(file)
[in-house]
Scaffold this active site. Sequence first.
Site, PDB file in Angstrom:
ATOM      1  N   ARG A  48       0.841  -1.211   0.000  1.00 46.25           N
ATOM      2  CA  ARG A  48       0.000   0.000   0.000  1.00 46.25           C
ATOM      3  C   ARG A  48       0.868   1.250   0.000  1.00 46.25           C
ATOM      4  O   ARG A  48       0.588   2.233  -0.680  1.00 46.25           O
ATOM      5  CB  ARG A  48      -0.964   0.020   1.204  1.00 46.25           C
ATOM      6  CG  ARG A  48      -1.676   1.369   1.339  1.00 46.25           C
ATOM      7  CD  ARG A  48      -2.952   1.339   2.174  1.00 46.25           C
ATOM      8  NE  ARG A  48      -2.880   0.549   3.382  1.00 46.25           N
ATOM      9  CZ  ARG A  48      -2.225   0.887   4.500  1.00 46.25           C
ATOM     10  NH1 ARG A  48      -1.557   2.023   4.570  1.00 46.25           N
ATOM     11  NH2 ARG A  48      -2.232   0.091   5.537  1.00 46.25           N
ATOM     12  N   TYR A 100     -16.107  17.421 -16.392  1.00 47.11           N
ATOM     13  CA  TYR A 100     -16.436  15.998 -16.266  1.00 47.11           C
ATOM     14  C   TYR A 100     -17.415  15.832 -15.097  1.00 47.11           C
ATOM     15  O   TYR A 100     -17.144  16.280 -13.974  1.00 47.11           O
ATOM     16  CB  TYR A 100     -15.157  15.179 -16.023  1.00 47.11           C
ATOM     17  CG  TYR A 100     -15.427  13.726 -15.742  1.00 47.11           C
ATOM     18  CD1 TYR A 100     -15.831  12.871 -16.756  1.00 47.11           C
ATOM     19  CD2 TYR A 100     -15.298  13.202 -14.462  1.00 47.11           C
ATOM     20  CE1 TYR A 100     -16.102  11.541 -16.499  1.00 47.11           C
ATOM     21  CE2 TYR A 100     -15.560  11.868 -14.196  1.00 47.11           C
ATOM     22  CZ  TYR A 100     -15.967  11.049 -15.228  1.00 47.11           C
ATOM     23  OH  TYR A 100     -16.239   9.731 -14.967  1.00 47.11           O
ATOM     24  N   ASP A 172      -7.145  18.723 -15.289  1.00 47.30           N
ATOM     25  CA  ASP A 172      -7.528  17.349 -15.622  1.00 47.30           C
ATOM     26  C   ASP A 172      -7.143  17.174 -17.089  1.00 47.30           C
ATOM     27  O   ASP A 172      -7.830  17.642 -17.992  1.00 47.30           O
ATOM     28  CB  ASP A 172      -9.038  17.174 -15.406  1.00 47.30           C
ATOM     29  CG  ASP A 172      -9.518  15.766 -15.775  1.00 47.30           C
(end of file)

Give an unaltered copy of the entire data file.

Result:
[in-house]
Scaffold this active site. Sequence first.
Site, PDB file in Angstrom:
ATOM      1  N   ARG A  48       0.841  -1.211   0.000  1.00 46.25           N
ATOM      2  CA  ARG A  48       0.000   0.000   0.000  1.00 46.25           C
ATOM      3  C   ARG A  48       0.868   1.250   0.000  1.00 46.25           C
ATOM      4  O   ARG A  48       0.588   2.233  -0.680  1.00 46.25           O
ATOM      5  CB  ARG A  48      -0.964   0.020   1.204  1.00 46.25           C
ATOM      6  CG  ARG A  48      -1.676   1.369   1.339  1.00 46.25           C
ATOM      7  CD  ARG A  48      -2.952   1.339   2.174  1.00 46.25           C
ATOM      8  NE  ARG A  48      -2.880   0.549   3.382  1.00 46.25           N
ATOM      9  CZ  ARG A  48      -2.225   0.887   4.500  1.00 46.25           C
ATOM     10  NH1 ARG A  48      -1.557   2.023   4.570  1.00 46.25           N
ATOM     11  NH2 ARG A  48      -2.232   0.091   5.537  1.00 46.25           N
ATOM     12  N   TYR A 100     -16.107  17.421 -16.392  1.00 47.11           N
ATOM     13  CA  TYR A 100     -16.436  15.998 -16.266  1.00 47.11           C
ATOM     14  C   TYR A 100     -17.415  15.832 -15.097  1.00 47.11           C
ATOM     15  O   TYR A 100     -17.144  16.280 -13.974  1.00 47.11           O
ATOM     16  CB  TYR A 100     -15.157  15.179 -16.023  1.00 47.11           C
ATOM     17  CG  TYR A 100     -15.427  13.726 -15.742  1.00 47.11           C
ATOM     18  CD1 TYR A 100     -15.831  12.871 -16.756  1.00 47.11           C
ATOM     19  CD2 TYR A 100     -15.298  13.202 -14.462  1.00 47.11           C
ATOM     20  CE1 TYR A 100     -16.102  11.541 -16.499  1.00 47.11           C
ATOM     21  CE2 TYR A 100     -15.560  11.868 -14.196  1.00 47.11           C
ATOM     22  CZ  TYR A 100     -15.967  11.049 -15.228  1.00 47.11           C
ATOM     23  OH  TYR A 100     -16.239   9.731 -14.967  1.00 47.11           O
ATOM     24  N   ASP A 172      -7.145  18.723 -15.289  1.00 47.30           N
ATOM     25  CA  ASP A 172      -7.528  17.349 -15.622  1.00 47.30           C
ATOM     26  C   ASP A 172      -7.143  17.174 -17.089  1.00 47.30           C
ATOM     27  O   ASP A 172      -7.830  17.642 -17.992  1.00 47.30           O
ATOM     28  CB  ASP A 172      -9.038  17.174 -15.406  1.00 47.30           C
ATOM     29  CG  ASP A 172      -9.518  15.766 -15.775  1.00 47.30           C